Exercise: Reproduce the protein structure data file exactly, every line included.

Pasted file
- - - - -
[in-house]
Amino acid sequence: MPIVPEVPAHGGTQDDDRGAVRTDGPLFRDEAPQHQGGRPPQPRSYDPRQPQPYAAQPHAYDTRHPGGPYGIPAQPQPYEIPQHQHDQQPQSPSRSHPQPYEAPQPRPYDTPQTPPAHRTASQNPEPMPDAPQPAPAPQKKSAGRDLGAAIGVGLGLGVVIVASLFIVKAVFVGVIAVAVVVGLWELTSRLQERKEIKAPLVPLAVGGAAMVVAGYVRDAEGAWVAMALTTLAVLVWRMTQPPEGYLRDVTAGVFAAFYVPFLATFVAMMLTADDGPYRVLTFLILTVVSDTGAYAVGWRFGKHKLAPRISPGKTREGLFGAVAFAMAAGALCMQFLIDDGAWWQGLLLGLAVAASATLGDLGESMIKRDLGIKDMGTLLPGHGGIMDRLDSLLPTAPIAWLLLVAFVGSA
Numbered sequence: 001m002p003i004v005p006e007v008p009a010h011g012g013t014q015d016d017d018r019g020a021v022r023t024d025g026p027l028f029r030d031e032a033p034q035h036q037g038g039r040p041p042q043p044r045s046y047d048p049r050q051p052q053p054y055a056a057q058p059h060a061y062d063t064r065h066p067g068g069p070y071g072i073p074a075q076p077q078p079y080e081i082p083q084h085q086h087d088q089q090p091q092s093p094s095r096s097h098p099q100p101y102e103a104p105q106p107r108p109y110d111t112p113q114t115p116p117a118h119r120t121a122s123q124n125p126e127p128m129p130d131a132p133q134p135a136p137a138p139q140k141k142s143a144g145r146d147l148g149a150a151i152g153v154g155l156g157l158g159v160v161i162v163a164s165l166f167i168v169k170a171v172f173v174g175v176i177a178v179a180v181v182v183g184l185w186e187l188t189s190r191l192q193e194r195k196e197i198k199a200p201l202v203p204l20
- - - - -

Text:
[in-house]
Amino acid sequence: MPIVPEVPAHGGTQDDDRGAVRTDGPLFRDEAPQHQGGRPPQPRSYDPRQPQPYAAQPHAYDTRHPGGPYGIPAQPQPYEIPQHQHDQQPQSPSRSHPQPYEAPQPRPYDTPQTPPAHRTASQNPEPMPDAPQPAPAPQKKSAGRDLGAAIGVGLGLGVVIVASLFIVKAVFVGVIAVAVVVGLWELTSRLQERKEIKAPLVPLAVGGAAMVVAGYVRDAEGAWVAMALTTLAVLVWRMTQPPEGYLRDVTAGVFAAFYVPFLATFVAMMLTADDGPYRVLTFLILTVVSDTGAYAVGWRFGKHKLAPRISPGKTREGLFGAVAFAMAAGALCMQFLIDDGAWWQGLLLGLAVAASATLGDLGESMIKRDLGIKDMGTLLPGHGGIMDRLDSLLPTAPIAWLLLVAFVGSA
Numbered sequence: 001m002p003i004v005p006e007v008p009a010h011g012g013t014q015d016d017d018r019g020a021v022r023t024d025g026p027l028f029r030d031e032a033p034q035h036q037g038g039r040p041p042q043p044r045s046y047d048p049r050q051p052q053p054y055a056a057q058p059h060a061y062d063t064r065h066p067g068g069p070y071g072i073p074a075q076p077q078p079y080e081i082p083q084h085q086h087d088q089q090p091q092s093p094s095r096s097h098p099q100p101y102e103a104p105q106p107r108p109y110d111t112p113q114t115p116p117a118h119r120t121a122s123q124n125p126e127p128m129p130d131a132p133q134p135a136p137a138p139q140k141k142s143a144g145r146d147l148g149a150a151i152g153v154g155l156g157l158g159v160v161i162v163a164s165l166f167i168v169k170a171v172f173v174g175v176i177a178v179a180v181v182v183g184l185w186e187l188t189s190r191l192q193e194r195k196e197i198k199a200p201l202v203p204l20